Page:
Crime scene investigators are important to helping keep society safe and helping law enforcement solve crimes. Learn more about becoming a CSI below. 

Nearly 8 million property crimes occurred in 2016, according to the FBI, leading to an estimated total of $15.6 billion in losses, and the number of violent crimes nationwide topped 1.2 million the same year. Those are daunting numbers, to be sure, but professionals with criminal justice degrees in crime scene investigation can help control them.

Crime scene investigators perform some of the most mentally vigorous work required of graduates with criminal justice degrees. The duties of the job, whether from a forensic science or detective/criminal investigation angle, include:

  • Discovering and labeling evidence
  • Conducting on-site analyses or interviews
  • Synthesizing available information into detailed reports for later review
  • Reconstruction crime scenes
  • Sifting through online, public and court records to uncover clues

Depending on the region and the exact position, crime scene investigators (CSIs) may also be known as criminalists or forensic science technicians.

How to Become a Crime Scene Investigator

There are two distinct paths you can take to become a crime scene investigator. The first path, which is based more on job experience than classroom study, consists of the following steps:

  1. Earn a high school diploma or equivalent
  2. Apply for admission your local police academy or an affiliated institution
  3. Pass any strength, agility, hearing, vision, lie detector or drug tests required by police academy registration standards
  4. Successfully complete police academy training and begin work as an officer
  5. Learn skills of evidence gathering and crime scene investigation through on-the-job training or career education courses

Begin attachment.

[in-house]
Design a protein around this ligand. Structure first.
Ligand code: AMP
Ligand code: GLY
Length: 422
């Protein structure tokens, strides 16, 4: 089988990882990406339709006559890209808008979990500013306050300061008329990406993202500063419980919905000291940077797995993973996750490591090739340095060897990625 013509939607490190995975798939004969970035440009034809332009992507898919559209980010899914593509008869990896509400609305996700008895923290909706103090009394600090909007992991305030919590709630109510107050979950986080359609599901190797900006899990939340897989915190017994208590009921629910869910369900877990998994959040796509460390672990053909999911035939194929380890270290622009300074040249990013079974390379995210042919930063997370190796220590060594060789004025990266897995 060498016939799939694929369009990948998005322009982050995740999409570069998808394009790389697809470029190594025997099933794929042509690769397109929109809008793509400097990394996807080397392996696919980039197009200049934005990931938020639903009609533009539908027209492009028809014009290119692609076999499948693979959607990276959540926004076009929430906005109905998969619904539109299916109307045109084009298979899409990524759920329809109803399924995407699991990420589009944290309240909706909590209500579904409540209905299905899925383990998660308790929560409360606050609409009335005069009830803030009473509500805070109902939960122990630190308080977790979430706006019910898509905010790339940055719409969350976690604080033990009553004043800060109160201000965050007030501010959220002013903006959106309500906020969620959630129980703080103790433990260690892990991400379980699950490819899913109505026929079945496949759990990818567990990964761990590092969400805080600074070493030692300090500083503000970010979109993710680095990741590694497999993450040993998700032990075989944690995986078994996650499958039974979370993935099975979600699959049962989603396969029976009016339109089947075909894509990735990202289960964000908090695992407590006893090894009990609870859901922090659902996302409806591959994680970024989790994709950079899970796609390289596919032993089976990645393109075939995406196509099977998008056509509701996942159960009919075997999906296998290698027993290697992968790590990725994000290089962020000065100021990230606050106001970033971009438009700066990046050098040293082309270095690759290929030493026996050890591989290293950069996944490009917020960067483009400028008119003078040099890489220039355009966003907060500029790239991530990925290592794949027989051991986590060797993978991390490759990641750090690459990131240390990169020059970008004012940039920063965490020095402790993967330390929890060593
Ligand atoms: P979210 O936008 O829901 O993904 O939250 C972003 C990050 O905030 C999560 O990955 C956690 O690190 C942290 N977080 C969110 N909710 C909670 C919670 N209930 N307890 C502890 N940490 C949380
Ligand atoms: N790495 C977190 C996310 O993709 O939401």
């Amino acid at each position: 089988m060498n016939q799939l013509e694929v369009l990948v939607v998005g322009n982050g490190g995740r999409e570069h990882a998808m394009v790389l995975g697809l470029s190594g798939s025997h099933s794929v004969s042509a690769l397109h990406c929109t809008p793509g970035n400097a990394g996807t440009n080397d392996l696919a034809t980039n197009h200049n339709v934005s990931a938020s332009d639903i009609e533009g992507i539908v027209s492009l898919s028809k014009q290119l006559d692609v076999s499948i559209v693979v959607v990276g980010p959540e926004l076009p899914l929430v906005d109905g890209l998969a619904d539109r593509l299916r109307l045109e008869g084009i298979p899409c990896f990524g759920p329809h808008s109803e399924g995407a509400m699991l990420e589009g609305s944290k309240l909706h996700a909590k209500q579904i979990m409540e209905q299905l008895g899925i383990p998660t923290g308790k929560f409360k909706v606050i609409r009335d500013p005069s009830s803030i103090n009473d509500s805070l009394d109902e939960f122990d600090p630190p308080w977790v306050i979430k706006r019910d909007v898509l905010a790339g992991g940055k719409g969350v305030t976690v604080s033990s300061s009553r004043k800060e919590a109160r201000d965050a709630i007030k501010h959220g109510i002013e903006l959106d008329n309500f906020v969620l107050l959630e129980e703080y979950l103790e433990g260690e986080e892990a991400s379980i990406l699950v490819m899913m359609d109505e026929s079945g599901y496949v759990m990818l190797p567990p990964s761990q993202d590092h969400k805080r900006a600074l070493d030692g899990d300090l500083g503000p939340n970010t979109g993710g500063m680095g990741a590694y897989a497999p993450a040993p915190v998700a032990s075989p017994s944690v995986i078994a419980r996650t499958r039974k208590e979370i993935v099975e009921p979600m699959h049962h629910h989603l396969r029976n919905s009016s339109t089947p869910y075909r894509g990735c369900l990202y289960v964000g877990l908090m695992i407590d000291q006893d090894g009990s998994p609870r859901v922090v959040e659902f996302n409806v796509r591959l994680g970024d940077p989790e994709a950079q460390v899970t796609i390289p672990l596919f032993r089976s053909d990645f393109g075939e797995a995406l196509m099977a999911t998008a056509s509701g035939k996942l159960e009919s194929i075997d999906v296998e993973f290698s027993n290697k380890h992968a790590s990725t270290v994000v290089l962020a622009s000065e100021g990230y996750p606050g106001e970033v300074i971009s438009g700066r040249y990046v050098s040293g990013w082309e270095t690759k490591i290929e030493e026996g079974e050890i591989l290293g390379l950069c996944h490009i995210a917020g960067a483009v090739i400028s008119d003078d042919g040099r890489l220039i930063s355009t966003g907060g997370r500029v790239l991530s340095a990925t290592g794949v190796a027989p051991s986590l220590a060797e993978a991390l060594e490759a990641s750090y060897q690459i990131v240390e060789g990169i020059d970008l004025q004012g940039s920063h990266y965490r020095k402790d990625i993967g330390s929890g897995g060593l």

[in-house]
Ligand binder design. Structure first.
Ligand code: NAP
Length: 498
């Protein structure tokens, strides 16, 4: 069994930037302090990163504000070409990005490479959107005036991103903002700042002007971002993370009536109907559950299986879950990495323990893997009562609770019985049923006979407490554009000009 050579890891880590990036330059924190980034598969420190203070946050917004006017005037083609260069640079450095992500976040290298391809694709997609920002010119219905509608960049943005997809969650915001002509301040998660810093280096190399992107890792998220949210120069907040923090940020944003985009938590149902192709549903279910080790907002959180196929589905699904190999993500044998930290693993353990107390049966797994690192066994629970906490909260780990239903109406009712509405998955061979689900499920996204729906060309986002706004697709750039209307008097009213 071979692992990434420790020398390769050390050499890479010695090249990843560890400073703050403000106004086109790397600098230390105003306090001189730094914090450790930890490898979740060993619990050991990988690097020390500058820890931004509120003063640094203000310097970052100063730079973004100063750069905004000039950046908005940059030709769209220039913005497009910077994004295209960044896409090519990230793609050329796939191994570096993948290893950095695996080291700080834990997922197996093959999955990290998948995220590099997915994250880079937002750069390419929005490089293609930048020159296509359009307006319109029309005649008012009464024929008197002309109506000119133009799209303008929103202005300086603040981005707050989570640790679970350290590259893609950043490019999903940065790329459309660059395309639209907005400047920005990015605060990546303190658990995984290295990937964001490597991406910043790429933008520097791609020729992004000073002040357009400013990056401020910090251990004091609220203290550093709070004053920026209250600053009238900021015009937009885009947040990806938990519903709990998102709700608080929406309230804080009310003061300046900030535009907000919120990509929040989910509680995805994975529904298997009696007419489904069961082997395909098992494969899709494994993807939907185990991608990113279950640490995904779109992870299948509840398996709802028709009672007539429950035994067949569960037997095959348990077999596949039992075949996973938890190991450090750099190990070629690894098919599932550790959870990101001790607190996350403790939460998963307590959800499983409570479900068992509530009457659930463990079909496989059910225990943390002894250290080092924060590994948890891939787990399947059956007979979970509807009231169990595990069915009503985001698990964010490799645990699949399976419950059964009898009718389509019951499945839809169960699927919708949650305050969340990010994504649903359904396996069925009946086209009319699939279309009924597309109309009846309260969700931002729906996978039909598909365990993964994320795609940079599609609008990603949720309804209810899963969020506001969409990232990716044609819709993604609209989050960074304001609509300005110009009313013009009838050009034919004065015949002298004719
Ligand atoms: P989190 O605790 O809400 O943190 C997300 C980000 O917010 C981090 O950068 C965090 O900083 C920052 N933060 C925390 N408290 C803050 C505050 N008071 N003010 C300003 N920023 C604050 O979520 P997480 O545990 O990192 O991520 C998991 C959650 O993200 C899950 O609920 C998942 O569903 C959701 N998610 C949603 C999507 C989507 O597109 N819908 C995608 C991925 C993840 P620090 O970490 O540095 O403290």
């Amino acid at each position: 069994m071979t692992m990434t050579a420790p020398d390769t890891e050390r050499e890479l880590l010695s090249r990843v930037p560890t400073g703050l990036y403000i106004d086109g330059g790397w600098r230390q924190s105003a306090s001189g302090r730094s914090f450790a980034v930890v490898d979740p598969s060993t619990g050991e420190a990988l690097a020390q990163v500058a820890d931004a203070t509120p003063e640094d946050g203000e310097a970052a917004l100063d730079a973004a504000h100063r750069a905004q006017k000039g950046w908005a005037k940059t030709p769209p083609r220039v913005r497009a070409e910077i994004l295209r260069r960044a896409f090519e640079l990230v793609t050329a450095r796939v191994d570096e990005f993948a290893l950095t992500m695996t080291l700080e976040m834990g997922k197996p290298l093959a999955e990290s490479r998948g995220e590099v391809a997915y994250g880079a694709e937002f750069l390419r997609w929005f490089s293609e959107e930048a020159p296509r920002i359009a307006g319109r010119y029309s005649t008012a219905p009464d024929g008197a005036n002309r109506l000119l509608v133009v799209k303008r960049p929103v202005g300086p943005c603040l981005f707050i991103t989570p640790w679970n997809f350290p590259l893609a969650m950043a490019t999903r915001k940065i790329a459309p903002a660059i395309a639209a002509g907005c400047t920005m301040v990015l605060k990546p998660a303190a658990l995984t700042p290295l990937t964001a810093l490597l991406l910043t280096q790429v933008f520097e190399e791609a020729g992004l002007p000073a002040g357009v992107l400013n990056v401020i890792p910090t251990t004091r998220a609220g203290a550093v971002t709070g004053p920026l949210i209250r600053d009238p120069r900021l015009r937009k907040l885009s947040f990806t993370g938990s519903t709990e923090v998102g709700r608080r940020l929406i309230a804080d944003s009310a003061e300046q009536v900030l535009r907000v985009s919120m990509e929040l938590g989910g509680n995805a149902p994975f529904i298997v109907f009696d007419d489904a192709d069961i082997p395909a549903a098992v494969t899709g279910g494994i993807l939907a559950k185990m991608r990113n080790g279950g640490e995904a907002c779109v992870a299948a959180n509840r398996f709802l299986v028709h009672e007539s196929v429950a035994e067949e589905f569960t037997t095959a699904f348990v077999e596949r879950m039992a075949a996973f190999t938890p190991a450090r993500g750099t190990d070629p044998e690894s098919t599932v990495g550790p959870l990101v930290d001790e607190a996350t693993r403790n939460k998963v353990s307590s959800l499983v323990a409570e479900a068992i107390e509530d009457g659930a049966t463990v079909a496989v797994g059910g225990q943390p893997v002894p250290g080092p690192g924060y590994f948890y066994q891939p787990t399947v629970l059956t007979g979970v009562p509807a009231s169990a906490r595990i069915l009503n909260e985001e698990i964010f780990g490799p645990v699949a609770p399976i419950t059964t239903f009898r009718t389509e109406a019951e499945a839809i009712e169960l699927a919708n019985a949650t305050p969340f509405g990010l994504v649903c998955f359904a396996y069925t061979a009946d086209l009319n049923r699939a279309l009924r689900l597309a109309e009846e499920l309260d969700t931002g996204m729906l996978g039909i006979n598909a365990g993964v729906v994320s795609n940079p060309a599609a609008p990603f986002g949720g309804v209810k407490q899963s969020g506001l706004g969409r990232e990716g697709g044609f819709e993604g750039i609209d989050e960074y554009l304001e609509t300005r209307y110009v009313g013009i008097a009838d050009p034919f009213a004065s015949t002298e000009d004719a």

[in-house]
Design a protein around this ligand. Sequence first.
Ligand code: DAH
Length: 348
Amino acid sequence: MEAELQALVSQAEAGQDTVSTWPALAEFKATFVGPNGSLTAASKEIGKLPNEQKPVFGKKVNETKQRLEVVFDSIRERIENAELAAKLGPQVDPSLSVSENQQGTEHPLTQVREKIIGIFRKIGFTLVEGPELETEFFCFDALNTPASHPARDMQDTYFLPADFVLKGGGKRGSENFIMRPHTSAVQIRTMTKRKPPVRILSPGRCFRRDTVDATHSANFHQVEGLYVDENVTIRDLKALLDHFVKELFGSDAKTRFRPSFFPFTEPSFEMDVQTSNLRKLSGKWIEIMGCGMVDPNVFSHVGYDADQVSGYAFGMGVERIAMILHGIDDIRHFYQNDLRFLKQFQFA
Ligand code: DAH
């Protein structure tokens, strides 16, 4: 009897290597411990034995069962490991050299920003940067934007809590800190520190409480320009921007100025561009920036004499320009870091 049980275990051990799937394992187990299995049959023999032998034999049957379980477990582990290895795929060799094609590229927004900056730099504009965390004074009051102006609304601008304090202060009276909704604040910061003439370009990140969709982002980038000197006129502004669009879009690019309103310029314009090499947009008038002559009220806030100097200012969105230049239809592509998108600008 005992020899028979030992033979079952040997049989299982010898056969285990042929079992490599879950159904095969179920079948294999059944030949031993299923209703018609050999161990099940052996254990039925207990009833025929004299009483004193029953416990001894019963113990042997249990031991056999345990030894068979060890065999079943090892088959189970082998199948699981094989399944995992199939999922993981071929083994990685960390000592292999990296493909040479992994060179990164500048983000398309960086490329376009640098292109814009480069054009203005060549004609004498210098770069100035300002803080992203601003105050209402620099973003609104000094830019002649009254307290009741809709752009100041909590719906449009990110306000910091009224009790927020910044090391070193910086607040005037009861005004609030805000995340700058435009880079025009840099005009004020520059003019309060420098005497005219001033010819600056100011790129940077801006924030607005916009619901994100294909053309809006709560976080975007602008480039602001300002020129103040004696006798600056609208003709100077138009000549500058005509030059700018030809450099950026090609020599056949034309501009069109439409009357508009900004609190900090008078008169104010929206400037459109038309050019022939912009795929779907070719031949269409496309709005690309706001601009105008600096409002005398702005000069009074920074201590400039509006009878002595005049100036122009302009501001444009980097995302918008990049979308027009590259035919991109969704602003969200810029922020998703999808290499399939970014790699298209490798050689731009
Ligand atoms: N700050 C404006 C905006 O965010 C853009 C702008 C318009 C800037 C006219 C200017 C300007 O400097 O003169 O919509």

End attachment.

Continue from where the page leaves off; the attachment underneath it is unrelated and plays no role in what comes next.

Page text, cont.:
The second path to become a CSI prioritizes academic experience over direct work experience, though having spent time in the workforce as a criminal justice or natural sciences professional can potentially help your chances of employment:

  1. Earn a high school diploma or equivalent
  2. Apply to a bachelor's degree program at an accredited college or university
  3. Graduate with a bachelor's degree in high standing (biology, chemistry, psychology or criminal justice degrees with a natural science component are often preferred) -- Read about the top schools for criminal justice for more info
  4. Complete any additional requirements your state may have for crime scene work

Important Skills for CSIs

In general, detectives and investigators benefit from the following skills and qualities:

  • Clear communication
  • Strong decision-making
  • Inquisitiveness
  • Patience
  • Resourcefulness

Forensic science technicians should aim for the following qualities and skills:

  • Critical thinking
  • Attention to detail
  • Math and science strengths
  • Clear communication
  • Problem solving

Crime Scene Investigator Salary and Job Outlook

As with any position, earnings depend on many factors, including the coursework completed, geographic location of the job, and other variables.

Because the duties of the profession can be portioned out to professionals with different titles and different overall levels of education and experience, it's important to look at two separate sets of salary and job growth figures provided by the U.S. Bureau of Labor Statistics (BLS):

CareerTotal EmploymentAnnual Mean Wage
Detectives and Criminal Investigators105,620$86,030
Forensic Science Technicians16,520$63,170
2019 Occupational Employment Statistics and 2018-28 Employment Projections, Bureau of Labor Statistics,

If you've got a keen eye for detail and a passion for solving problems, crime scene investigation might be the career for you. To find out more about how to become a crime scene investigator and see a full list of sources, check out the visual aid below.

Article Sources

 How to become a crime scene investigator

Article Sources
  • Federal Bureau of Investigation, 2016 Crime Statistics,
  • Bureau of Labor Statistics, U.S. Department of Labor, Occupational Outlook Handbook & Occupational Employment Statistics, Private Detectives and Investigators, accessed July 2018,,
  • Bureau of Labor Statistics, U.S. Department of Labor, Occupational Outlook Handbook & Occupational Employment Statistics, Forensic Science Technicians, accessed July 2018,,